- Barnard College, Columbia University, Bachelor of Arts in Art History
Bettina Gilois is an award winning screenwriter and author who has been writing in Hollywood for over twenty years. Her screen credits include GLORY ROAD and FIRE BIRDS as well as un-credited writing on THE HURRICANE and THE MISTS OF AVALON. Her awards and nominations for Best Screenplay include The Humanitas Prize, the Movieguide Libertas Award, and the Black Reel Awards, as well as the ESPY Award. She currently has films in development with Bill Teitler, Dark Horse Entertainment, Anonymous Content, Paloma Productions, and Lee Iaccoca.
Gilois first began working as an assistant to the director of LIQUID SKY, Slava Tsukerman, in her native Berlin, as well as working at Andy Warhol's Factory in New York on the television series "Andy Warhol's Fifteen Minutes." She subsequently joined Keith Barish and Arnold Kopelson productions as a development executive, which led to her producing credits on "Fire Birds" and "Triple Bogey On A Par Five Hole".
She began her writing career working with Joel Silver Productions, followed with many projects at Warner Brothers. In the last twenty years she has worked with notable producers, directors, and actors, such as Jerry Bruckheimer, Joel Surnow, Norman Jewison, Joel Silver, Michael Mann, Dick and Lili Zanuck, Jeffrey Katzenberg, William Friedkin, Robert Zemeckis, Nick Nolte, James Coburn, Michael Douglas, Queen Latifah, Nicolas Cage, and Robert DeNiro.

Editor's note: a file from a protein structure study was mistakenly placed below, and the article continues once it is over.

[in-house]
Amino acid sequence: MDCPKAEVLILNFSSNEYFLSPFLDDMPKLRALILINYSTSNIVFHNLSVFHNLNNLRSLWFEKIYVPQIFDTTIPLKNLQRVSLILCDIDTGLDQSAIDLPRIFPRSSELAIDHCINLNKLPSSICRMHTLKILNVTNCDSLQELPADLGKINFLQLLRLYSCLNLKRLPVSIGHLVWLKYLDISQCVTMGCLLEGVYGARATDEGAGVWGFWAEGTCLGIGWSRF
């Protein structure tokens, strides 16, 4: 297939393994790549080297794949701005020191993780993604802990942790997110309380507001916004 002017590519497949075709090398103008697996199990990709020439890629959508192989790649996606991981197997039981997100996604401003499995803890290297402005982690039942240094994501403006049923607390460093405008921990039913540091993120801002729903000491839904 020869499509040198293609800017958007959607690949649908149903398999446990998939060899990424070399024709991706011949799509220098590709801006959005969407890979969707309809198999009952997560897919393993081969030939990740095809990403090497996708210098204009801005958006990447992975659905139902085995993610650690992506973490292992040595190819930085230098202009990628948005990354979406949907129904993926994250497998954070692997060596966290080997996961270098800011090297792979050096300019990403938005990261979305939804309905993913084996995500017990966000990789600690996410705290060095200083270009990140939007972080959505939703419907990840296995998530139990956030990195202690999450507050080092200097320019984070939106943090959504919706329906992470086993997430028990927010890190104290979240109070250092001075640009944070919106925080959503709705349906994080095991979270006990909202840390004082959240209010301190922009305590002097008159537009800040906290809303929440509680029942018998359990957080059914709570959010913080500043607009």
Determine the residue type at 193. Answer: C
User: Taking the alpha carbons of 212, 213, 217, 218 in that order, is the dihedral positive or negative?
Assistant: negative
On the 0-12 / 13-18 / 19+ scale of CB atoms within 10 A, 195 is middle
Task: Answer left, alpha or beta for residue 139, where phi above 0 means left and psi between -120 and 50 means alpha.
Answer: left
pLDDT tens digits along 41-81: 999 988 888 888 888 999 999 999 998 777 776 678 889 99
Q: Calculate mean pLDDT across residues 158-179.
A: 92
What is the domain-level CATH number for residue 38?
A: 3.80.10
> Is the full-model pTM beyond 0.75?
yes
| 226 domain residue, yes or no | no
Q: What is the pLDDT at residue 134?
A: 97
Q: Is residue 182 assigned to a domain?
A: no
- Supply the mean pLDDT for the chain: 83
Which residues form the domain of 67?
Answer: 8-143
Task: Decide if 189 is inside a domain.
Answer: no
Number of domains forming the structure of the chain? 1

Her books include "Mi Vida Loca: The Crazy Life of Johnny Tapia" as well as "Bleeding Beverly" which she is currently writing for Simon and Schuster, about the recent fight to appoint the first African American principal to Beverly Hills High School. The book has been optioned to be made into a film.
Gilois' interest in the arts was synthesized in her life's dedication to film and screenwriting. She has also written journalistically about film, art and art history, and worked on set in the music and art departments of numerous film and television productions.
She teaches graduate and undergraduate screenwriting at Chapman University with her most professional piece of advice being: "Never ignore a note."